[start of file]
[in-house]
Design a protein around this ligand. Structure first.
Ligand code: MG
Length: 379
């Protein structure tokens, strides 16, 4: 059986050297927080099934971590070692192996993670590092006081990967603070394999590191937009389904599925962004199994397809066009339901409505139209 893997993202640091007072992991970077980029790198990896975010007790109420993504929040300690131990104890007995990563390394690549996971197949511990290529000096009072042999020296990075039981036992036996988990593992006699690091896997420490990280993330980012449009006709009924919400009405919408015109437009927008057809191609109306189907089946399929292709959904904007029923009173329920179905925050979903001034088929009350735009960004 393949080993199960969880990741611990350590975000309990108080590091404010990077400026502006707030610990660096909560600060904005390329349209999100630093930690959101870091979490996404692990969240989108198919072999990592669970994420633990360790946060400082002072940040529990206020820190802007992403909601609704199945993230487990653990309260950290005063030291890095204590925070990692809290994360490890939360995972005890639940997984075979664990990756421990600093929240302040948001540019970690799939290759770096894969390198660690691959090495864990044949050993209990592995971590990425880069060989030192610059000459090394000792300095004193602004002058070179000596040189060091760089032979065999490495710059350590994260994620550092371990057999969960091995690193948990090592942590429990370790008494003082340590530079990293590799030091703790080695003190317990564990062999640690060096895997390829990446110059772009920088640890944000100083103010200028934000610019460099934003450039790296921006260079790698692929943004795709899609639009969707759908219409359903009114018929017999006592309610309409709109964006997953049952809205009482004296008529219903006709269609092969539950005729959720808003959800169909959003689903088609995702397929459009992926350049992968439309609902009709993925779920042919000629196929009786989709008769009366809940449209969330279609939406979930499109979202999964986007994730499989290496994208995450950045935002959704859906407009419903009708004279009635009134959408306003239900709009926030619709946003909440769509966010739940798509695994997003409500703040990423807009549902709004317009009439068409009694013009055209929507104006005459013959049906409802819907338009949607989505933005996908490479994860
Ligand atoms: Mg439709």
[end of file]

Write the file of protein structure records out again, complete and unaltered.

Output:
[in-house]
Design a protein around this ligand. Structure first.
Ligand code: MG
Length: 379
């Protein structure tokens, strides 16, 4: 059986050297927080099934971590070692192996993670590092006081990967603070394999590191937009389904599925962004199994397809066009339901409505139209 893997993202640091007072992991970077980029790198990896975010007790109420993504929040300690131990104890007995990563390394690549996971197949511990290529000096009072042999020296990075039981036992036996988990593992006699690091896997420490990280993330980012449009006709009924919400009405919408015109437009927008057809191609109306189907089946399929292709959904904007029923009173329920179905925050979903001034088929009350735009960004 393949080993199960969880990741611990350590975000309990108080590091404010990077400026502006707030610990660096909560600060904005390329349209999100630093930690959101870091979490996404692990969240989108198919072999990592669970994420633990360790946060400082002072940040529990206020820190802007992403909601609704199945993230487990653990309260950290005063030291890095204590925070990692809290994360490890939360995972005890639940997984075979664990990756421990600093929240302040948001540019970690799939290759770096894969390198660690691959090495864990044949050993209990592995971590990425880069060989030192610059000459090394000792300095004193602004002058070179000596040189060091760089032979065999490495710059350590994260994620550092371990057999969960091995690193948990090592942590429990370790008494003082340590530079990293590799030091703790080695003190317990564990062999640690060096895997390829990446110059772009920088640890944000100083103010200028934000610019460099934003450039790296921006260079790698692929943004795709899609639009969707759908219409359903009114018929017999006592309610309409709109964006997953049952809205009482004296008529219903006709269609092969539950005729959720808003959800169909959003689903088609995702397929459009992926350049992968439309609902009709993925779920042919000629196929009786989709008769009366809940449209969330279609939406979930499109979202999964986007994730499989290496994208995450950045935002959704859906407009419903009708004279009635009134959408306003239900709009926030619709946003909440769509966010739940798509695994997003409500703040990423807009549902709004317009009439068409009694013009055209929507104006005459013959049906409802819907338009949607989505933005996908490479994860
Ligand atoms: Mg439709």